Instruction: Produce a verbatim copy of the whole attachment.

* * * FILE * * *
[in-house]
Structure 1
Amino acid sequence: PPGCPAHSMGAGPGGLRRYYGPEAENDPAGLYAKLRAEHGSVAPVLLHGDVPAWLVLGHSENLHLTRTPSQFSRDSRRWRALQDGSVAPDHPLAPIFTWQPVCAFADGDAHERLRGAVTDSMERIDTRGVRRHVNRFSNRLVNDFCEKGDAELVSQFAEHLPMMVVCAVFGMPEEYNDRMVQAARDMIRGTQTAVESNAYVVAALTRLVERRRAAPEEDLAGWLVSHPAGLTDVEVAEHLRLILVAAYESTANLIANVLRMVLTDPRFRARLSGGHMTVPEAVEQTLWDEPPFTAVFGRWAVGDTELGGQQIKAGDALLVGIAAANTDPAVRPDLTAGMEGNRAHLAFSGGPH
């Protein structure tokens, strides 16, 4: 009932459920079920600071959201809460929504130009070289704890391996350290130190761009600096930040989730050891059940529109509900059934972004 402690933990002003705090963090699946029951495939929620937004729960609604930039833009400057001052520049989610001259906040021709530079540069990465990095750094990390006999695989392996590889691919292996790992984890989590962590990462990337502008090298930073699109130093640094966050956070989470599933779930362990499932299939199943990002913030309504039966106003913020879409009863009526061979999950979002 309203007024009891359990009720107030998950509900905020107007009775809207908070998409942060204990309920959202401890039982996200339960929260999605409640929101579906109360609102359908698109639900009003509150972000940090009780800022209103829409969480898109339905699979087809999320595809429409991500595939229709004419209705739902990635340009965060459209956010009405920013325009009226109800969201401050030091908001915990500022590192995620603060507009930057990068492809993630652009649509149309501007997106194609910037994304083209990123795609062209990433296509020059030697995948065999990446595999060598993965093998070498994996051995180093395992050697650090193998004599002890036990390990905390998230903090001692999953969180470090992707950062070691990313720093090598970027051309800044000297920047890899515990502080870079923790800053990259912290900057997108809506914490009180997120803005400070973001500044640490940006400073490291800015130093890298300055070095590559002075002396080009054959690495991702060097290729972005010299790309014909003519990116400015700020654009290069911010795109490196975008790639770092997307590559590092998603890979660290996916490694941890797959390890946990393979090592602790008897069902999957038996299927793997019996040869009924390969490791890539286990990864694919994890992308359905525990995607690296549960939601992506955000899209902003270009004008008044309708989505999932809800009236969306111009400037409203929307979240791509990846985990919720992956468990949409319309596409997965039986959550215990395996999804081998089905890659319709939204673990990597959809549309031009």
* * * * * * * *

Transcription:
[in-house]
Structure 1
Amino acid sequence: PPGCPAHSMGAGPGGLRRYYGPEAENDPAGLYAKLRAEHGSVAPVLLHGDVPAWLVLGHSENLHLTRTPSQFSRDSRRWRALQDGSVAPDHPLAPIFTWQPVCAFADGDAHERLRGAVTDSMERIDTRGVRRHVNRFSNRLVNDFCEKGDAELVSQFAEHLPMMVVCAVFGMPEEYNDRMVQAARDMIRGTQTAVESNAYVVAALTRLVERRRAAPEEDLAGWLVSHPAGLTDVEVAEHLRLILVAAYESTANLIANVLRMVLTDPRFRARLSGGHMTVPEAVEQTLWDEPPFTAVFGRWAVGDTELGGQQIKAGDALLVGIAAANTDPAVRPDLTAGMEGNRAHLAFSGGPH
């Protein structure tokens, strides 16, 4: 009932459920079920600071959201809460929504130009070289704890391996350290130190761009600096930040989730050891059940529109509900059934972004 402690933990002003705090963090699946029951495939929620937004729960609604930039833009400057001052520049989610001259906040021709530079540069990465990095750094990390006999695989392996590889691919292996790992984890989590962590990462990337502008090298930073699109130093640094966050956070989470599933779930362990499932299939199943990002913030309504039966106003913020879409009863009526061979999950979002 309203007024009891359990009720107030998950509900905020107007009775809207908070998409942060204990309920959202401890039982996200339960929260999605409640929101579906109360609102359908698109639900009003509150972000940090009780800022209103829409969480898109339905699979087809999320595809429409991500595939229709004419209705739902990635340009965060459209956010009405920013325009009226109800969201401050030091908001915990500022590192995620603060507009930057990068492809993630652009649509149309501007997106194609910037994304083209990123795609062209990433296509020059030697995948065999990446595999060598993965093998070498994996051995180093395992050697650090193998004599002890036990390990905390998230903090001692999953969180470090992707950062070691990313720093090598970027051309800044000297920047890899515990502080870079923790800053990259912290900057997108809506914490009180997120803005400070973001500044640490940006400073490291800015130093890298300055070095590559002075002396080009054959690495991702060097290729972005010299790309014909003519990116400015700020654009290069911010795109490196975008790639770092997307590559590092998603890979660290996916490694941890797959390890946990393979090592602790008897069902999957038996299927793997019996040869009924390969490791890539286990990864694919994890992308359905525990995607690296549960939601992506955000899209902003270009004008008044309708989505999932809800009236969306111009400037409203929307979240791509990846985990919720992956468990949409319309596409997965039986959550215990395996999804081998089905890659319709939204673990990597959809549309031009």